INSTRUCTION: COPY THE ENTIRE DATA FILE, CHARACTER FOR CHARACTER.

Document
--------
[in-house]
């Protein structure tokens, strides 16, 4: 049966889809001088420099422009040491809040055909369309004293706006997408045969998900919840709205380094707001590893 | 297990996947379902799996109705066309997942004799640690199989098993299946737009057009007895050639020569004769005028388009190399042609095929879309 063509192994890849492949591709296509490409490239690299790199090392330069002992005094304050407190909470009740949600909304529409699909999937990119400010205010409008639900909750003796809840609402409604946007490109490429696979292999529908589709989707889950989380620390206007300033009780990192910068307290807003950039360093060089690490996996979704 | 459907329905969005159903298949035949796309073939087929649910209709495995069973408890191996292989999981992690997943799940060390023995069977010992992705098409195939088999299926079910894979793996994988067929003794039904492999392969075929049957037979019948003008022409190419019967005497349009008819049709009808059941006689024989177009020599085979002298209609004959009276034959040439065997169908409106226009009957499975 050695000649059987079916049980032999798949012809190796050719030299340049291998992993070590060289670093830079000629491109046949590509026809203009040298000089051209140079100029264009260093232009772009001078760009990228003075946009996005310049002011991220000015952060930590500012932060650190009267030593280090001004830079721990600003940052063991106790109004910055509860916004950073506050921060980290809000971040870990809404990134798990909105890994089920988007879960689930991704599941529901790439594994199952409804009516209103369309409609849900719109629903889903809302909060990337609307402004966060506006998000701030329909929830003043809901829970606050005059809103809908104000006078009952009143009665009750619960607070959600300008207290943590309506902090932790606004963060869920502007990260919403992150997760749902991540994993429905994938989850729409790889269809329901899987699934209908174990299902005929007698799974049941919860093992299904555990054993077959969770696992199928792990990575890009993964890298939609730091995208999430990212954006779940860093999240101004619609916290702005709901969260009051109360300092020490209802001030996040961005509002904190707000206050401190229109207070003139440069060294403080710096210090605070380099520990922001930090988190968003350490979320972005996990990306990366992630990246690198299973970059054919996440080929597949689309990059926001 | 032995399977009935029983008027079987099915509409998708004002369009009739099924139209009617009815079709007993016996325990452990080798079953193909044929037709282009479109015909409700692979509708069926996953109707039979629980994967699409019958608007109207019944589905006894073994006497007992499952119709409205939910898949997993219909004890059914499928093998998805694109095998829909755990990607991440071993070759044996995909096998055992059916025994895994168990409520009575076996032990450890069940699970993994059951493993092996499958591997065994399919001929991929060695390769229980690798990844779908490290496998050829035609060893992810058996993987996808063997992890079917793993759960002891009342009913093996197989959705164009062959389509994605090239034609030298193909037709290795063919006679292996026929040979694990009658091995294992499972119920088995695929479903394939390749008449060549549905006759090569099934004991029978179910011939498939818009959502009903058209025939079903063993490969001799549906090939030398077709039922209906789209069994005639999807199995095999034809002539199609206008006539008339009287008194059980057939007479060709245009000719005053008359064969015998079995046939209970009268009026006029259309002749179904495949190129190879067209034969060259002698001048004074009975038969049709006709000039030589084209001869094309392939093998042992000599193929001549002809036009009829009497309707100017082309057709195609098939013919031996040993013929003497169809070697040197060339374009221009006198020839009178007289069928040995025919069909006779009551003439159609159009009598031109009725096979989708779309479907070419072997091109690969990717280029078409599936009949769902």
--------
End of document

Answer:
[in-house]
């Protein structure tokens, strides 16, 4: 049966889809001088420099422009040491809040055909369309004293706006997408045969998900919840709205380094707001590893 | 297990996947379902799996109705066309997942004799640690199989098993299946737009057009007895050639020569004769005028388009190399042609095929879309 063509192994890849492949591709296509490409490239690299790199090392330069002992005094304050407190909470009740949600909304529409699909999937990119400010205010409008639900909750003796809840609402409604946007490109490429696979292999529908589709989707889950989380620390206007300033009780990192910068307290807003950039360093060089690490996996979704 | 459907329905969005159903298949035949796309073939087929649910209709495995069973408890191996292989999981992690997943799940060390023995069977010992992705098409195939088999299926079910894979793996994988067929003794039904492999392969075929049957037979019948003008022409190419019967005497349009008819049709009808059941006689024989177009020599085979002298209609004959009276034959040439065997169908409106226009009957499975 050695000649059987079916049980032999798949012809190796050719030299340049291998992993070590060289670093830079000629491109046949590509026809203009040298000089051209140079100029264009260093232009772009001078760009990228003075946009996005310049002011991220000015952060930590500012932060650190009267030593280090001004830079721990600003940052063991106790109004910055509860916004950073506050921060980290809000971040870990809404990134798990909105890994089920988007879960689930991704599941529901790439594994199952409804009516209103369309409609849900719109629903889903809302909060990337609307402004966060506006998000701030329909929830003043809901829970606050005059809103809908104000006078009952009143009665009750619960607070959600300008207290943590309506902090932790606004963060869920502007990260919403992150997760749902991540994993429905994938989850729409790889269809329901899987699934209908174990299902005929007698799974049941919860093992299904555990054993077959969770696992199928792990990575890009993964890298939609730091995208999430990212954006779940860093999240101004619609916290702005709901969260009051109360300092020490209802001030996040961005509002904190707000206050401190229109207070003139440069060294403080710096210090605070380099520990922001930090988190968003350490979320972005996990990306990366992630990246690198299973970059054919996440080929597949689309990059926001 | 032995399977009935029983008027079987099915509409998708004002369009009739099924139209009617009815079709007993016996325990452990080798079953193909044929037709282009479109015909409700692979509708069926996953109707039979629980994967699409019958608007109207019944589905006894073994006497007992499952119709409205939910898949997993219909004890059914499928093998998805694109095998829909755990990607991440071993070759044996995909096998055992059916025994895994168990409520009575076996032990450890069940699970993994059951493993092996499958591997065994399919001929991929060695390769229980690798990844779908490290496998050829035609060893992810058996993987996808063997992890079917793993759960002891009342009913093996197989959705164009062959389509994605090239034609030298193909037709290795063919006679292996026929040979694990009658091995294992499972119920088995695929479903394939390749008449060549549905006759090569099934004991029978179910011939498939818009959502009903058209025939079903063993490969001799549906090939030398077709039922209906789209069994005639999807199995095999034809002539199609206008006539008339009287008194059980057939007479060709245009000719005053008359064969015998079995046939209970009268009026006029259309002749179904495949190129190879067209034969060259002698001048004074009975038969049709006709000039030589084209001869094309392939093998042992000599193929001549002809036009009829009497309707100017082309057709195609098939013919031996040993013929003497169809070697040197060339374009221009006198020839009178007289069928040995025919069909006779009551003439159609159009009598031109009725096979989708779309479907070419072997091109690969990717280029078409599936009949769902």